Common Wisdom: Pray Without Ceasing

Long before Advent, in the expanse of Church calendar known as ordinary time, the yearning for renewal was stirring.

August merged into September. School buses were back on country roads, and tobacco just cut hung golden in black barns. In the palette of fence rows, bright faces of sunflowers and plumes of goldenrod gleamed yellow next to wild purple asters and red pokeberry stems laden with clusters of berries turning from green to inky black.

My annual retreat was upon me, making September even more than January my stock-taking. My century-old mother-in-law had died; a new grandchild was on the way; my nephew faced a bone marrow transplant; our daughter had just entered the postulancy of the Nashville Dominicans. In short the ground beneath my feet was heaving upward, ready to turn me over in one of those periodic transplantings that both prune and perfect us.

Old ways will not suffice then; more is required. In what form does the invitation come? Because we are incarnational beings, it comes always through some person, often someone dear or well-known to us—a friend, teacher, spiritual director, or, in this case, a daughter.

It comes, too, in time—that mysterious gift in which the Lord of history allows each of us to journey on our unique pilgrimage toward the heavenly city. Each night we go to sleep carrying our unrepeatable incarnation of human nature, all the spiritual and material facets that make up the person of Jim or Bob, Carol or Mary. We also carry the people and places we are given—our family, friends, home, community. All these things are givens.

Each morning we wake up, still bearing our givens, but now with something new—this day in time. In the time of this day we will freely choose how to use the givens of our life, and at the end of the day we will know whether we have ordered it well or whether we have wasted this moment of the Lord’s history. When time is past, it is gone forever. Though it is renewable in that we expect yet another day, in earthly terms our time is finite and will run out. Thus we naturally yearn to transcend earthly time by seeking the imprint of eternal sanction on the time of our lives. We naturally seek sacred meaning in each moment.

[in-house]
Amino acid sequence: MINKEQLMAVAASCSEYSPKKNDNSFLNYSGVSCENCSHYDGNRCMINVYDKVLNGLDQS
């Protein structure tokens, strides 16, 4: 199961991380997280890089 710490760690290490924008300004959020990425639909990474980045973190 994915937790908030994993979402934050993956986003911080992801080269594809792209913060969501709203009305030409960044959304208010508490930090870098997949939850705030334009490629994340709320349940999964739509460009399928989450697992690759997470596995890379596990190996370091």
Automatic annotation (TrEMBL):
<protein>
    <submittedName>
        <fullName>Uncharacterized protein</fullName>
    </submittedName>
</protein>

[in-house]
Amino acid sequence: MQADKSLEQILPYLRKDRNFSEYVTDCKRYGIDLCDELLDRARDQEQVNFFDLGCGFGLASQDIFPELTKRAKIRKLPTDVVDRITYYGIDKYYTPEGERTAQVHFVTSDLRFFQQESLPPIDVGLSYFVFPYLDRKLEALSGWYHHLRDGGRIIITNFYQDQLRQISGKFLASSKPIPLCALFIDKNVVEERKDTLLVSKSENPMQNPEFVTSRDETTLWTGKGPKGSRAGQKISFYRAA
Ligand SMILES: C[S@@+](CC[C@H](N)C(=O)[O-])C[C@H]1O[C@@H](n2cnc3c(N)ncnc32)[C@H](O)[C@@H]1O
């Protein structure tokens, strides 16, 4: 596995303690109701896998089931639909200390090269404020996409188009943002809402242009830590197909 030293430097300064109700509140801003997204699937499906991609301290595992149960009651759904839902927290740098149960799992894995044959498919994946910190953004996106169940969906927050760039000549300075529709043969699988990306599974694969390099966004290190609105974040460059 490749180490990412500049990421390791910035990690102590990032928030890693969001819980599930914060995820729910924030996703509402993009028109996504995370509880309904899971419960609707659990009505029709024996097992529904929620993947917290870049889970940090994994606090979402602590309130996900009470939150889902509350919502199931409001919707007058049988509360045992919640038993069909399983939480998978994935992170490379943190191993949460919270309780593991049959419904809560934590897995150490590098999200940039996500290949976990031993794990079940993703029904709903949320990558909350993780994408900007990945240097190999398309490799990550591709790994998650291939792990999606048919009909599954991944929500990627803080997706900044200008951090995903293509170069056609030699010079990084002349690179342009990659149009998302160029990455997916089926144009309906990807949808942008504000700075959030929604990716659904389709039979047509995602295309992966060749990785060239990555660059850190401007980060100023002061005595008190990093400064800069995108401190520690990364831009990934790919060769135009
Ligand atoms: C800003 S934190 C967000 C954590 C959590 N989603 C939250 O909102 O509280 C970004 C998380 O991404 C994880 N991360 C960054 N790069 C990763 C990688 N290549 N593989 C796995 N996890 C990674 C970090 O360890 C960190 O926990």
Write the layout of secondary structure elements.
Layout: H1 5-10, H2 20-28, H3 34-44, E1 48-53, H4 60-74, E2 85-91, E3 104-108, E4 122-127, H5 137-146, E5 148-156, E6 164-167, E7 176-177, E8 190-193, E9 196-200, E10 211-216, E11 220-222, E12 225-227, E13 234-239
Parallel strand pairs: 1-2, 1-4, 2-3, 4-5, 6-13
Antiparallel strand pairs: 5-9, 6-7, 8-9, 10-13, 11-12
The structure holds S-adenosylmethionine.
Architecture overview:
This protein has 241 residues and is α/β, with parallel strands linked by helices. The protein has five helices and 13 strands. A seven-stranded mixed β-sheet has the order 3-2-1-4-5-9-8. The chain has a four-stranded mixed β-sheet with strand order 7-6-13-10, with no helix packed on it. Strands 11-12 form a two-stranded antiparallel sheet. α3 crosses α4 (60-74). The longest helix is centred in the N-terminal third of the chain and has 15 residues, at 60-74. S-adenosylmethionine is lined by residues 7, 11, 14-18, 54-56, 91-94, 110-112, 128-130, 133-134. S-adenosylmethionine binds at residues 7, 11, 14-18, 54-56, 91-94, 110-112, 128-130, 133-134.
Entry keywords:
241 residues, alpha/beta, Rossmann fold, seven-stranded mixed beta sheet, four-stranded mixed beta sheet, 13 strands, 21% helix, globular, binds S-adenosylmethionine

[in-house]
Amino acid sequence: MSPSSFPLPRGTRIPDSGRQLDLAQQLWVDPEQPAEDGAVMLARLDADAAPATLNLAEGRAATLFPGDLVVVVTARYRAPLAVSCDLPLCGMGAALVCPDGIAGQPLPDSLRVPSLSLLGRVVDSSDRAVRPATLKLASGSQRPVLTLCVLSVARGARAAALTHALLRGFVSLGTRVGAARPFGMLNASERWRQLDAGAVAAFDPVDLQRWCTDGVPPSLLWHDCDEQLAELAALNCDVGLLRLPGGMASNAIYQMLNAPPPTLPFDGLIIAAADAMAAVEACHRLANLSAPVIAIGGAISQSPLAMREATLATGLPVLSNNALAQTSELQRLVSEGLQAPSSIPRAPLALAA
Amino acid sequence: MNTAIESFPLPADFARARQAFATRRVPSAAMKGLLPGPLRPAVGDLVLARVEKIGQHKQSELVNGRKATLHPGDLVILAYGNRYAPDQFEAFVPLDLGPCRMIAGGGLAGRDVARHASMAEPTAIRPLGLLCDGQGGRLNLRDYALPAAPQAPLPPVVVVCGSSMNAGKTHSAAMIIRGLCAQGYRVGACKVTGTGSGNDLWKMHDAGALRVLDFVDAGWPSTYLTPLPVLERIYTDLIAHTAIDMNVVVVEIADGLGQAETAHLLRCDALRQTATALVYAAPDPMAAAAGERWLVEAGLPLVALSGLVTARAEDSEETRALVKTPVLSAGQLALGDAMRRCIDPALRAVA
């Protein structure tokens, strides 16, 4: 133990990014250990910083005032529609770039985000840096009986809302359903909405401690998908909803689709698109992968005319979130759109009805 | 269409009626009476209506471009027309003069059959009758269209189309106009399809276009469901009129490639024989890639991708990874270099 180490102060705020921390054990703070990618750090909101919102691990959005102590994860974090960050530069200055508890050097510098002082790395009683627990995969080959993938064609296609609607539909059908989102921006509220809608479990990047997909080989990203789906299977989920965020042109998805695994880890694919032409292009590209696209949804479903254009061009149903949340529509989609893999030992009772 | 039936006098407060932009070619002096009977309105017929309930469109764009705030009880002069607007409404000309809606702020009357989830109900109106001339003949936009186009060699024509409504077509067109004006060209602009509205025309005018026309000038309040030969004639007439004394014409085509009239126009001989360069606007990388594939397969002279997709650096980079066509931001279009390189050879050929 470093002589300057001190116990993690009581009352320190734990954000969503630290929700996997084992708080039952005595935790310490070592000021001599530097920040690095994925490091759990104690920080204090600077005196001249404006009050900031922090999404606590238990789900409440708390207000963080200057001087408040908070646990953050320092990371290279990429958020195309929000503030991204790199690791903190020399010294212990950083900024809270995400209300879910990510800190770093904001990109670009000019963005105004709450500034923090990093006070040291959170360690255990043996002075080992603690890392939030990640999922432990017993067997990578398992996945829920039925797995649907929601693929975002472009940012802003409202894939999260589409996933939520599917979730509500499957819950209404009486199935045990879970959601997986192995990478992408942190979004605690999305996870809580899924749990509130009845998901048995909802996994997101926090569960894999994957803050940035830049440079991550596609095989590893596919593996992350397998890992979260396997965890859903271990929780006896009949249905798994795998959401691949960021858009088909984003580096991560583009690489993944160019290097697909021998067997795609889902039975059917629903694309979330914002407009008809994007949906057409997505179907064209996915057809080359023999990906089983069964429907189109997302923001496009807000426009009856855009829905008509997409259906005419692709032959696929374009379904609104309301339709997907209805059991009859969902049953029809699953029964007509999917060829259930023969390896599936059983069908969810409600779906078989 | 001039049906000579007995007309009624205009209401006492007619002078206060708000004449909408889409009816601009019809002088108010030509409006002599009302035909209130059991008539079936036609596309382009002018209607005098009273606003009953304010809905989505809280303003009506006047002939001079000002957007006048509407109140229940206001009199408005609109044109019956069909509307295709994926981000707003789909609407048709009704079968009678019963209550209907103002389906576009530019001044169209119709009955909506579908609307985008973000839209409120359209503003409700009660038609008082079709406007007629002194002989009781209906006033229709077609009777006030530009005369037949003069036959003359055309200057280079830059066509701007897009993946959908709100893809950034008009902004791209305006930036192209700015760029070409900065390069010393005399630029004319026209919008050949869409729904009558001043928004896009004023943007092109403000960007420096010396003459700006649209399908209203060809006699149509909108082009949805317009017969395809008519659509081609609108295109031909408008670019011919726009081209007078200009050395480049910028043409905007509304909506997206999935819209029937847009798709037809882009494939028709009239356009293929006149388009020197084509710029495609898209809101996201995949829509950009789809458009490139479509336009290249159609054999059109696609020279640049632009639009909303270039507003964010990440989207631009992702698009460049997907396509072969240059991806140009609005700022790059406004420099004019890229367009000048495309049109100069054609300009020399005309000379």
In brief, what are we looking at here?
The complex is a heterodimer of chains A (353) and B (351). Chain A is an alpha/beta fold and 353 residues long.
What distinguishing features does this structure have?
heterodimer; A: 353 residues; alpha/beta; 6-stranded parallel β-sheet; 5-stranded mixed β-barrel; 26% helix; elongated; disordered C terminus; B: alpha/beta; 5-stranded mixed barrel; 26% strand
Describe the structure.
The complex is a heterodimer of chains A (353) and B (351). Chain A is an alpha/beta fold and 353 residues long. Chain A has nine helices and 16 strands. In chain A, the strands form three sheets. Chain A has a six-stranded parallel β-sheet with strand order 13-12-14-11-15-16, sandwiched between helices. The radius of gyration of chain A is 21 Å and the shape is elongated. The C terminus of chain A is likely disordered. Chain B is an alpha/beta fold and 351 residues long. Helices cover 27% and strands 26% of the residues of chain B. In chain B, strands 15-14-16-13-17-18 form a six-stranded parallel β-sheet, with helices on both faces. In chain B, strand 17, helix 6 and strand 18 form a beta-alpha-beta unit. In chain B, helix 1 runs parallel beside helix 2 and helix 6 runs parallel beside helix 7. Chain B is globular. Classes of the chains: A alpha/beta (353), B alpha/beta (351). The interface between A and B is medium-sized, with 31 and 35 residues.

The Church has always understood that it is in our daily prayer and work that we are sanctified. She therefore instituted at her very beginning the Liturgy of the Hours, the Divine Office, the prayer of the entire Church at periods throughout the day, by which she consecrates time and prays continually with Christ Himself. All around the world the Church prays without ceasing at dawn, at noon, at eventide, at night, praising Christ and asking his blessing. Through the prayers of the Church, which are also the prayers of Christ himself, the Holy Spirit prays with us to consecrate the order of history.

Traditionally the prayers of the Office were the domain of religious and priests, who are required to pray them every day. In recent years, however, a scaled down but still adequate version of the Liturgy of the Hours has been available to the laity.

We acquired the habit of this Shorter Christian Prayer last summer on vacation in northern Michigan, where the parishioners asked for morning prayer before daily Mass and the pastor gladly instituted it.

When our daughter entered the Dominican Convent of St. Cecilia in Nashville, Tennessee, we determined to continue the custom of morning and evening prayer, thinking it would unite us with her as she and the Sisters chanted the Office in what most witnesses find a sublime moment of prayer. I frankly hoped, too, that the solidarity of the prayers would ease the maternal ache of separation from this dear daughter.

The results, after several months, have been surprising. Not only do we notice a definite union with our daughter, but we also are conscious of a new love for Christ in the Eucharist and in His universal Church. The psalms and readings of the Office inspire a renewed assurance that Christ is Lord of history, that there is no other, that all things work to the good of those who love Him.

If we are to accept the invitation of Christ to love Him and live with Him, how else are we to carry out that mission than by imposing order on each day as it comes? Advancing in the spiritual life means uniting our will with the will of Christ. Ordering our will consequently requires a thing so simple and so profound as ordering our day. The Liturgy of the Hours gives us an opportunity to offer our daily order to the service of the divine order.

By

Mrs. Anne Husted Burleigh is a free-lance writer, mother, and grandmother who lives on a farm overlooking the Ohio River in Rabbit Hash, Kentucky, near Cincinnati. She has written two books: John Adams, a Biography, and Journey up the River: a Midwesterner’s Spiritual Pilgrimage. She has contributed to many publications, including Crisis and Catholic Dossier, and now writes for Magnificat.

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